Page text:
The Quest for Relevance

The Quest for Relevance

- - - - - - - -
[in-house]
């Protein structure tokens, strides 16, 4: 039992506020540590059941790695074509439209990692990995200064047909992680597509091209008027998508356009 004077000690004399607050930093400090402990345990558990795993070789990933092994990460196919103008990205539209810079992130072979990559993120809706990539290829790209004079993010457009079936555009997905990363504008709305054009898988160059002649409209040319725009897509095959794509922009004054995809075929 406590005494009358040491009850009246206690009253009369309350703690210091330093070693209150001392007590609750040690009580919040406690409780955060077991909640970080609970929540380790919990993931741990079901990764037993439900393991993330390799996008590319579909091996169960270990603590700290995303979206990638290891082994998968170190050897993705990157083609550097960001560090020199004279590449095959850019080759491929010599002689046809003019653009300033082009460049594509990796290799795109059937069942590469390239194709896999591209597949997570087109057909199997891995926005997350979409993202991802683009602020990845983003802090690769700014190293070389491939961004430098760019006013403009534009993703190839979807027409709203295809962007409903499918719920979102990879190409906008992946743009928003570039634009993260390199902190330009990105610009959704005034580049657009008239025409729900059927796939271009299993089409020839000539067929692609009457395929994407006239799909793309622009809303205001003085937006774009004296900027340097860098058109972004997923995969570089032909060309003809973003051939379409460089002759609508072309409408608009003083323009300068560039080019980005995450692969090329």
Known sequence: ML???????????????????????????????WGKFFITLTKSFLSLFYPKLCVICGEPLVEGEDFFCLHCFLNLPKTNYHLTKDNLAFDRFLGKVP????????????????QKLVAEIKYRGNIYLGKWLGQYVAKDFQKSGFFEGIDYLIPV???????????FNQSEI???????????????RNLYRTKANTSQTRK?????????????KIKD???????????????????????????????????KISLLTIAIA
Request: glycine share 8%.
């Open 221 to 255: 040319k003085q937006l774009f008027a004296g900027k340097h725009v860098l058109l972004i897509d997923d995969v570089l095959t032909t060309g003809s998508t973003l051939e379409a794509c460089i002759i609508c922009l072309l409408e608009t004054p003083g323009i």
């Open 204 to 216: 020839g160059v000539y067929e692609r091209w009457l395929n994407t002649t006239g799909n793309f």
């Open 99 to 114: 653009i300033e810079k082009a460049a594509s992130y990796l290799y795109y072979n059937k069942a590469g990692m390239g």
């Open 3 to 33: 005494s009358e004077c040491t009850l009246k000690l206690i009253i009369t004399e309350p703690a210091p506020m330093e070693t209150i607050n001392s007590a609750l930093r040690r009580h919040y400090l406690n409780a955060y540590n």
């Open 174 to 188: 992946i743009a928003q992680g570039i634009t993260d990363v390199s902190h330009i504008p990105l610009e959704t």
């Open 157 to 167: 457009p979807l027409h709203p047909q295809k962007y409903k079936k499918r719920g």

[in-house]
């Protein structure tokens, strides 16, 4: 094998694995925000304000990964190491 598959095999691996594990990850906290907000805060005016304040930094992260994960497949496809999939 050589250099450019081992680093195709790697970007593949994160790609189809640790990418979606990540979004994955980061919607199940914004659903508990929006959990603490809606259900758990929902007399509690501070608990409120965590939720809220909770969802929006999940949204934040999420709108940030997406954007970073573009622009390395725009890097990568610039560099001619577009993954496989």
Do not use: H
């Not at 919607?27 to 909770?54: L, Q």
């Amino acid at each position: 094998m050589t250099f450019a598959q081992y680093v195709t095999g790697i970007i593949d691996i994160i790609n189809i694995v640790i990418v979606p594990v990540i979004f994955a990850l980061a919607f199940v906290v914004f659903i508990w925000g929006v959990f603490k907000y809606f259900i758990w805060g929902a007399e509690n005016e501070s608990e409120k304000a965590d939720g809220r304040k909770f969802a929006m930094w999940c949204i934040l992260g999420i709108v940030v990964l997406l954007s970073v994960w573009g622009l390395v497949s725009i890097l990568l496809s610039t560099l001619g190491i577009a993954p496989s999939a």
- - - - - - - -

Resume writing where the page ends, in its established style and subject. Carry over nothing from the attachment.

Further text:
There are two possible interpretations of the People’s Democratic Party (PDP) rally on its eighteenth Foundation day. One is the party’s quest for relevance and purpose against the context and backdrop of its alliance with the far right party, the BJP and the attendant drift of conditions in Kashmir. The second appears to be in the nature of signaling of the party’s existence. It may be recalled that the PDP emerged as a “mainstream” political force in Kashmir by piggybacking on the dominant narrative and spectrum of politics in Kashmir. This allowed and earned the party some political space in the valley among those who sought a “middle way”. The notions of “self rule” and allied political ideas and themes flowed from this new “political contract” that the PDP offered. But come the year 2014 and the Assembly elections, the PDP besides making much of its political ideas and programs railed and opposed the foray of the far right BJP into Kashmir. But in an unexpected and tragic twist, the PDP allied with these very forces that it had chosen to oppose. This, obviously and naturally, did not go down well with the people of Kashmir. Since the PDP assumed power, the drift and nature of conditions in Kashmir has been such that the PDP’s rule has been precarious if not tenuous. The party has become unpopular and it is associated with negative underpinnings in the political imaginary of Kashmiris. Now, almost into the middle of its term and struggling for political survival, the PDP appears to have felt the need to make a political statement by affirming its existence. While quite a number of people turned up at the rally, but disaggregated, most if not all rally attendees appeared to be party cadre and not the “average” denizens of Kashmir, who appeared to have chosen to stay away. It may be pointed out here that “mainstream” political parties in Kashmir are cadre based parties. The name of the game for these parties is to either create or build this cadre through disbursal of patronage. Thus, it is patronage and other fungible sources that creates this cadres. Ideas, ideals and ideology are not the motivating factors and premised for this cadre. Moreover, the age profile of this cadre is also a noteworthy aspect; the Gen Next of Kashmir is and continues to be animated by other ideas. In the ultimate analysis, politics in Kashmir should neither be a numbers game nor be motivated by mere quest for power. Ideas and Ideals should be the motivating premise for Kashmir’s politics. However, these twin themes are concepts that are far and distant from the political universe and calculus of the ‘mainstream’ political class in Kashmir. They are merely motivated by power and the power political considerations of power. By virtue of this, these parties are distant from the needs and aspirations of people. Hence their need-from time to time- to seek and prove their relevance.

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